On September 16, 2011, the California Legislature passed SB 861,[1] a law that requires public companies contracting with the State of California to ensure that their supply chains are free of “conflict minerals” sourced from the Democratic Republic of the Congo (“DRC”). These companies may face a regulatory compliance burden in the future if they wish to maintain their business relationships with the state.

BACKGROUND TO SB 861

SB 861 requires public companies, or issuers, that contract with California state agencies to comply with forthcoming Securities and Exchange Commission (“SEC”) regulations on conflict minerals.[2] The SEC regulations arise, in turn, from the “conflict minerals rule,” part of the 2010 Dodd-Frank Wall Street Reform and Consumer Protection Act (“Dodd-Frank Act”). The conflict minerals rule aims to curtail funding sources for armed groups in the DRC by requiring the SEC to impose public disclosure and reporting requirements on issuers that use “conflict minerals”―gold, tantalum, tin, and tungsten―in their manufacturing processes. These minerals are vital components of cell phones, computers, and other consumer electronics products. Proponents of the conflict minerals rule have asserted that open disclosure and reporting of sourcing practices will encourage issuers to seek these minerals only from sources that are “conflict free.”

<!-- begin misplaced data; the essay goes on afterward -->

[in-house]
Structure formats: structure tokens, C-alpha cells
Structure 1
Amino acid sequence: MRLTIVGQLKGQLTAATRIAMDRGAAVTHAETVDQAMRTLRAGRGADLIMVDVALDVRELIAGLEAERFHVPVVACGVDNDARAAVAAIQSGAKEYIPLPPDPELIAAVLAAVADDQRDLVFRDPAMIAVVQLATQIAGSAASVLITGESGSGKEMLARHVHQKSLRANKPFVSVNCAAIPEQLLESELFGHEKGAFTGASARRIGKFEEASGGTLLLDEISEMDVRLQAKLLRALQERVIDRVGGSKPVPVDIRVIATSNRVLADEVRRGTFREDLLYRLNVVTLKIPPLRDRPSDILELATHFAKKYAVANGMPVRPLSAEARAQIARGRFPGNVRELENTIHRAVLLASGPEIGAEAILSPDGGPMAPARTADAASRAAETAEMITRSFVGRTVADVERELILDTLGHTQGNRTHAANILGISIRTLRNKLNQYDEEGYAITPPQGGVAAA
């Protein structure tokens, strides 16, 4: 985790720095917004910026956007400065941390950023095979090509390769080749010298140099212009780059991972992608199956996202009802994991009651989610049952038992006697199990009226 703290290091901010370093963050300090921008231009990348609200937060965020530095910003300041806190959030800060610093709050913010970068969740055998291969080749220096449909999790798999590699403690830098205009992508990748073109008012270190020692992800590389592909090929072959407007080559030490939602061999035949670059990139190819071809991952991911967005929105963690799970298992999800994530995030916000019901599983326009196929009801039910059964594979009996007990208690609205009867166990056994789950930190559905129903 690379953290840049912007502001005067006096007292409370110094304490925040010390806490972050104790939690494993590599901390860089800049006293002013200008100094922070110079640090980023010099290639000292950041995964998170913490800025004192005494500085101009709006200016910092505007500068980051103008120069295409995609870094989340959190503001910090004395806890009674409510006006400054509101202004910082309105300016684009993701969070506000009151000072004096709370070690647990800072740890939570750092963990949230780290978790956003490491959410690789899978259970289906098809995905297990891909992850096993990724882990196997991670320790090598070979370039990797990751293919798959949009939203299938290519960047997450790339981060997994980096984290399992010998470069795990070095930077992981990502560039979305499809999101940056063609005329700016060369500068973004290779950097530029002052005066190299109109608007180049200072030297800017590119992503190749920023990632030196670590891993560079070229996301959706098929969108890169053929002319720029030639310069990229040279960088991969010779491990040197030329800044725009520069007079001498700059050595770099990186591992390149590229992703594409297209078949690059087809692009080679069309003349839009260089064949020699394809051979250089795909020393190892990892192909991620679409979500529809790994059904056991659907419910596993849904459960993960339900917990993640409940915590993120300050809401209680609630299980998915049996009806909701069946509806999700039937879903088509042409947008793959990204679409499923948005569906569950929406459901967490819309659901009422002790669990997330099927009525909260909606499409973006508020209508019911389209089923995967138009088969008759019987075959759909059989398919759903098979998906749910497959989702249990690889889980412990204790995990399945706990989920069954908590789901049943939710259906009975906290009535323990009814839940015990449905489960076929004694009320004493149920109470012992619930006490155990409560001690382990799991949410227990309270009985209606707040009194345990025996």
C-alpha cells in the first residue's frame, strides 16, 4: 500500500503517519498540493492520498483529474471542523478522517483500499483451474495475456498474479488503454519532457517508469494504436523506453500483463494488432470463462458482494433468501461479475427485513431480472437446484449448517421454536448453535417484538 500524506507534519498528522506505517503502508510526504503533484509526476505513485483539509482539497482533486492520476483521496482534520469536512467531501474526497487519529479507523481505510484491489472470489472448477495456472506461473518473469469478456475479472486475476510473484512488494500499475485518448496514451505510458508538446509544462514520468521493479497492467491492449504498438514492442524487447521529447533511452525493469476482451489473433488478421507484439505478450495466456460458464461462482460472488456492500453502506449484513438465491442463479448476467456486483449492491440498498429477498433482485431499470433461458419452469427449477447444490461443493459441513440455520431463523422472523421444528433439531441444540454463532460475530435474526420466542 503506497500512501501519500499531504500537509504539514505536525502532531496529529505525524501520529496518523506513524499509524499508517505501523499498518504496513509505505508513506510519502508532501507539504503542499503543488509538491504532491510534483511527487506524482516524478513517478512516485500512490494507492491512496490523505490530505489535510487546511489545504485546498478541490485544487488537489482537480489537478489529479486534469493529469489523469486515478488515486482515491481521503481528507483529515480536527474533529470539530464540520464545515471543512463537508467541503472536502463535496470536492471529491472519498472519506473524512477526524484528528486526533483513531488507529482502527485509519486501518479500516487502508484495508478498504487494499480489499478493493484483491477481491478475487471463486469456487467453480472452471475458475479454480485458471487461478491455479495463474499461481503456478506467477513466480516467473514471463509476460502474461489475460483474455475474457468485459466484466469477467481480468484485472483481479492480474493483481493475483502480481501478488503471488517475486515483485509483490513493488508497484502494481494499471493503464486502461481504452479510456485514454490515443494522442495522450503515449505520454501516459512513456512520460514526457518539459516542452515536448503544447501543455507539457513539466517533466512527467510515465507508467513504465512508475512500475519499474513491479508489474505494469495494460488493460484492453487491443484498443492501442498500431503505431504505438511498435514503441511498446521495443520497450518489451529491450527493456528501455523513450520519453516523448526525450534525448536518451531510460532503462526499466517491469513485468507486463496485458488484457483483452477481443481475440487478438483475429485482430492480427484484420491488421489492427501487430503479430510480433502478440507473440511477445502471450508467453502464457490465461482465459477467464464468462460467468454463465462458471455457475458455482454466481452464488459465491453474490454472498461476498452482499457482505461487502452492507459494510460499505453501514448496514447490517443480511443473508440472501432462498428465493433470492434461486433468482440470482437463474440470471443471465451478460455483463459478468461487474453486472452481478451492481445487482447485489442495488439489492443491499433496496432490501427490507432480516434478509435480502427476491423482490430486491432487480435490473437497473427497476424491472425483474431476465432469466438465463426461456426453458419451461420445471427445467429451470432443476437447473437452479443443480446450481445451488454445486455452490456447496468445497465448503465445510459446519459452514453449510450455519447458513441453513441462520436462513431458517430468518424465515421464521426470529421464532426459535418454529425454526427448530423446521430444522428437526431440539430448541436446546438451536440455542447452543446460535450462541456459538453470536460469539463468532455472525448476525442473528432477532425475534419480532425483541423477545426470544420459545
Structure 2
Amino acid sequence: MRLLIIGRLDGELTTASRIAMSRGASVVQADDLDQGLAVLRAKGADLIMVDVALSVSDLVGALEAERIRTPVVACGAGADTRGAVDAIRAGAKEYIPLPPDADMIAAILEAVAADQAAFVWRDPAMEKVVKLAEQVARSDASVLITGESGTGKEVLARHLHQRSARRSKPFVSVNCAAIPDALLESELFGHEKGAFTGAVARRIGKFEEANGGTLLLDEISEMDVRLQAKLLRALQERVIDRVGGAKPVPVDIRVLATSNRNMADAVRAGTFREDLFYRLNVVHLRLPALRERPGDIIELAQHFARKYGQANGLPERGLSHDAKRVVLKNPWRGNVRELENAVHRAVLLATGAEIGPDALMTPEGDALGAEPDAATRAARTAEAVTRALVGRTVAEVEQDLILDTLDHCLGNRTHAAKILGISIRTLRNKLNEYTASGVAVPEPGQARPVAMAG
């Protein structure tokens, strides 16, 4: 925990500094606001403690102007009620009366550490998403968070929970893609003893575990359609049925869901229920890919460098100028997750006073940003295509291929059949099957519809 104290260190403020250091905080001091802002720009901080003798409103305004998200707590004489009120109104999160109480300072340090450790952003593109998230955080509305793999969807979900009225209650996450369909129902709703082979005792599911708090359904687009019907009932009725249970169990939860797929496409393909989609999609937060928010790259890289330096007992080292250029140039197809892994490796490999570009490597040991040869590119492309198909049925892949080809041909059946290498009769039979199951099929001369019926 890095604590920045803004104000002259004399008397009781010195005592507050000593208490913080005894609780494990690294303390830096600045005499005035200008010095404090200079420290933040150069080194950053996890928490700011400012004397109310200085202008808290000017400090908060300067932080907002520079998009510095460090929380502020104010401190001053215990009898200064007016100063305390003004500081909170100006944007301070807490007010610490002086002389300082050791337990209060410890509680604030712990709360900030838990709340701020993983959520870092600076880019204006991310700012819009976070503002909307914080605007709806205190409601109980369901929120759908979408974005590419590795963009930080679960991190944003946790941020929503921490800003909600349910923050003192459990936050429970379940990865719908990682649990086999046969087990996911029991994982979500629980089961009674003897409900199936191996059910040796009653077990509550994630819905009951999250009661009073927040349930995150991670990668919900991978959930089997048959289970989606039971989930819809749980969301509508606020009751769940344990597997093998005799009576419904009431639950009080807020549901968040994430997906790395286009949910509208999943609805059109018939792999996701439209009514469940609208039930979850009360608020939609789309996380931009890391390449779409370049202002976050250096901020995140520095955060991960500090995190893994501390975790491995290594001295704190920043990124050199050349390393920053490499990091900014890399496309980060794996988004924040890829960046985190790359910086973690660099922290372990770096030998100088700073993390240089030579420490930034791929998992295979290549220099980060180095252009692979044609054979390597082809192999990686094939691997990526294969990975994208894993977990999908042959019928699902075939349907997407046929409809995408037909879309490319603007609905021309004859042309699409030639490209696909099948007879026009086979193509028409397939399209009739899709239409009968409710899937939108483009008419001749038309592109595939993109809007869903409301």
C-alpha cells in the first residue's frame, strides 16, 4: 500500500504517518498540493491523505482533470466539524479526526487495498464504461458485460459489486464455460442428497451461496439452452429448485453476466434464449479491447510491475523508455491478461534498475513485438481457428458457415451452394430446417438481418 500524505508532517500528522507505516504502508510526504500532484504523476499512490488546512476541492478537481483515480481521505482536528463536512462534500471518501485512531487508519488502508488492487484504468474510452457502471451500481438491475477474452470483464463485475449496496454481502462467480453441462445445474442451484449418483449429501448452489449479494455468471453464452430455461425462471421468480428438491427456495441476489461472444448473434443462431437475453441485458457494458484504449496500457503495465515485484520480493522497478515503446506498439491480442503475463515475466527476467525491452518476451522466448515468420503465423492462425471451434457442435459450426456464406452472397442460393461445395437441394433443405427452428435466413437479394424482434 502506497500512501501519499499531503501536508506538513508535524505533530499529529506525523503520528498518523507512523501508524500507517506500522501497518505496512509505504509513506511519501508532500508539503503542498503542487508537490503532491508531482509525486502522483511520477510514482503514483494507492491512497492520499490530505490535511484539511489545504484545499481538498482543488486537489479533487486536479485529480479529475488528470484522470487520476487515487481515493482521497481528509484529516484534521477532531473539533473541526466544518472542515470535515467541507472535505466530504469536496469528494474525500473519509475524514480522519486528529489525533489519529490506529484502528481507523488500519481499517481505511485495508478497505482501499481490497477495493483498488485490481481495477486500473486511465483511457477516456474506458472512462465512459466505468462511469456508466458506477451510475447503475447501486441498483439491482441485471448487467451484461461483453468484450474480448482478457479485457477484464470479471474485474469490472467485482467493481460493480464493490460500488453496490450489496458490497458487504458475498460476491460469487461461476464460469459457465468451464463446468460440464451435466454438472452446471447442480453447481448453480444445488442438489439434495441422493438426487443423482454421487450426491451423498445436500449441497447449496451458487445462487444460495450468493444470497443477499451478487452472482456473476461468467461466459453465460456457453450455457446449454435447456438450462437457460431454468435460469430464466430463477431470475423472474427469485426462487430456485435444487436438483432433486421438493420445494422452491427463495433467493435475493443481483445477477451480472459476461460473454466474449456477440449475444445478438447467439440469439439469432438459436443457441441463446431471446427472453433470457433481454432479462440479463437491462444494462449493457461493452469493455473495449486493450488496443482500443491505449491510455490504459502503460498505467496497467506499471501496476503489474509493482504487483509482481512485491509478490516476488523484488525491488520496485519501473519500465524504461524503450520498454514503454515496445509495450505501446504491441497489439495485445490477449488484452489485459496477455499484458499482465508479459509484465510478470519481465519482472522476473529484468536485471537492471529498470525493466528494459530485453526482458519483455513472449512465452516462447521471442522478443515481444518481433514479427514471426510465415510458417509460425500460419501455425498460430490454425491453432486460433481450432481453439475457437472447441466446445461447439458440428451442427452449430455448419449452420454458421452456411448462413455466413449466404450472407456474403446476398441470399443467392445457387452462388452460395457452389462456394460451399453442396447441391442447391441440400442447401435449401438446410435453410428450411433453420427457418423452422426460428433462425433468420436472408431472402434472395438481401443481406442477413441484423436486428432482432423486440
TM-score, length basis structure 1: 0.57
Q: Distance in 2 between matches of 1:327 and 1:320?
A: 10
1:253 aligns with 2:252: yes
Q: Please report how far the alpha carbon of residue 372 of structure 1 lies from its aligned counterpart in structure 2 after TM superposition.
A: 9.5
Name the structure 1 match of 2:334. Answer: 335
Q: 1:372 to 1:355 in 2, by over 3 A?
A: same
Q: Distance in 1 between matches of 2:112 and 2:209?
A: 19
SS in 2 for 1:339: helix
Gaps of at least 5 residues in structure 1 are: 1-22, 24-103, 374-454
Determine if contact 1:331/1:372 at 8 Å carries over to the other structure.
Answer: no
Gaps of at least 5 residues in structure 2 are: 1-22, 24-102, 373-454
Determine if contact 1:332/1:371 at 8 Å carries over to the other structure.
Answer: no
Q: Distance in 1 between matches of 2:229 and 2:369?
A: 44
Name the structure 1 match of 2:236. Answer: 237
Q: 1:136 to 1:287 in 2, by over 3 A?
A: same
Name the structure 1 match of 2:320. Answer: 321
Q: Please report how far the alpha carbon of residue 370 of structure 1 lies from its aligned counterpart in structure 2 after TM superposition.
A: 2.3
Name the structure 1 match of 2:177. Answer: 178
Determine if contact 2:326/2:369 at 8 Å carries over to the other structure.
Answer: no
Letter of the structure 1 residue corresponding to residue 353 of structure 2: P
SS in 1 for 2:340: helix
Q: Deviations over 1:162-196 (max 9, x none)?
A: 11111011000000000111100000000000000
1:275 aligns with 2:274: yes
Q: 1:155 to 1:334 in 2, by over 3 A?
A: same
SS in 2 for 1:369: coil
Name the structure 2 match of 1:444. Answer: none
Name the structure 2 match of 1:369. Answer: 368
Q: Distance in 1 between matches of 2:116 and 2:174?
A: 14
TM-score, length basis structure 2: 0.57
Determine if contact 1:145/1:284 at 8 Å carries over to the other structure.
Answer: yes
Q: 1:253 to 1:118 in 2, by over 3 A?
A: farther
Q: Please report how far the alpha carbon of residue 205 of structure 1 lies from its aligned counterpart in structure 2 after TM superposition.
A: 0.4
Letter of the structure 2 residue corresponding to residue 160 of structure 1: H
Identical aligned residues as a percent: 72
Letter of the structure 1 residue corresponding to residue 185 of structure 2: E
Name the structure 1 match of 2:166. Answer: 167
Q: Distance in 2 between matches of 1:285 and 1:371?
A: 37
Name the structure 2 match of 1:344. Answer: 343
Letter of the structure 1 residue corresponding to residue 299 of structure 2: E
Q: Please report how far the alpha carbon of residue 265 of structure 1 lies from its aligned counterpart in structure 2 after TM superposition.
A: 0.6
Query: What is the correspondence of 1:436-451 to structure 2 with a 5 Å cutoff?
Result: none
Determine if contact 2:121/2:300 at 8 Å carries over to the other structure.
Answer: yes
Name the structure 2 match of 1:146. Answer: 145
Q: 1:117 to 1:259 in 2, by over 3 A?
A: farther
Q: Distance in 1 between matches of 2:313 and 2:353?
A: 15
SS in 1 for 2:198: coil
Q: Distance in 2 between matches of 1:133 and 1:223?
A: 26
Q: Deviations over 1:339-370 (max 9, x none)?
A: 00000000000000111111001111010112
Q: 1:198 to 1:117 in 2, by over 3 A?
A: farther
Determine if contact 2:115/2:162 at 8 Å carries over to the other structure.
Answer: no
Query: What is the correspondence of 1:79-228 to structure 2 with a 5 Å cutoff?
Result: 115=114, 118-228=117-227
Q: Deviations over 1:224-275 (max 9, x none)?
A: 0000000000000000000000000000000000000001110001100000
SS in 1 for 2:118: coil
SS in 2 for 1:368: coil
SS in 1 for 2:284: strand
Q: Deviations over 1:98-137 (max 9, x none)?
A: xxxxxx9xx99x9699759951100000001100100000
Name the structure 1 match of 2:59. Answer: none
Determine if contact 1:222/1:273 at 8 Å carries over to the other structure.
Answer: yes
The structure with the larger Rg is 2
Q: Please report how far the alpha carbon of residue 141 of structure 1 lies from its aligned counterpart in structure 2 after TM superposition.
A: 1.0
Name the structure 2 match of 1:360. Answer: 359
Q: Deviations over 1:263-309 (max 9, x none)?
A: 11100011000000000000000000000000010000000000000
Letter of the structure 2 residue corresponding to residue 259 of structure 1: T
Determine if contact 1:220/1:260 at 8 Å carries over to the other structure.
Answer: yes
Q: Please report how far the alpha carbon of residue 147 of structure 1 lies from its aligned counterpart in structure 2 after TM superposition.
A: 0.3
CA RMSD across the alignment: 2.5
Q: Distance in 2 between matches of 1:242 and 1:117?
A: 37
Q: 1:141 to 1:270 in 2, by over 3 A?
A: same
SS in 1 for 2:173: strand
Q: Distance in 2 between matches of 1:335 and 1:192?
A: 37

OBLIGATIONS UNDER SB 861 AND TIMEFRAME FOR ADOPTION

SB 861 requires issuers that do business with the State of California to fulfill the public reporting obligations outlined in the forthcoming SEC regulations. Issuers that fail to meet these obligations will be prohibited from seeking procurement contracts with the state.

Affected issuers should start thinking about steps to ensure compliance. The bill will become operative on the latter of January 1, 2012, or the date on which the SEC issues its final conflict minerals regulations, which is expected to be before the end of 2011. Affected issuers will need to provide initial conflict minerals disclosures and reports after the first full fiscal year following adoption of the law.

IMPACT OF SB 861 ON ISSUERS CONTRACTING WITH CALIFORNIA OR OTHER GOVERNMENT ENTITIES

Although the SEC regulations are not yet finalized, they may impact public companies that do business with California. At the federal level, non-compliant issuers could be subjected to administrative proceedings before the SEC. At the California state level, however, non-compliance will simply mean being barred from contracting with any California state agency for goods or services.

Even issuers that do business solely with states other than California should monitor developments in the conflict minerals regulatory regime. Although California currently is the only state that requires compliance with the SEC regulations, it is possible that other states, or even municipalities, could follow suit in the near future.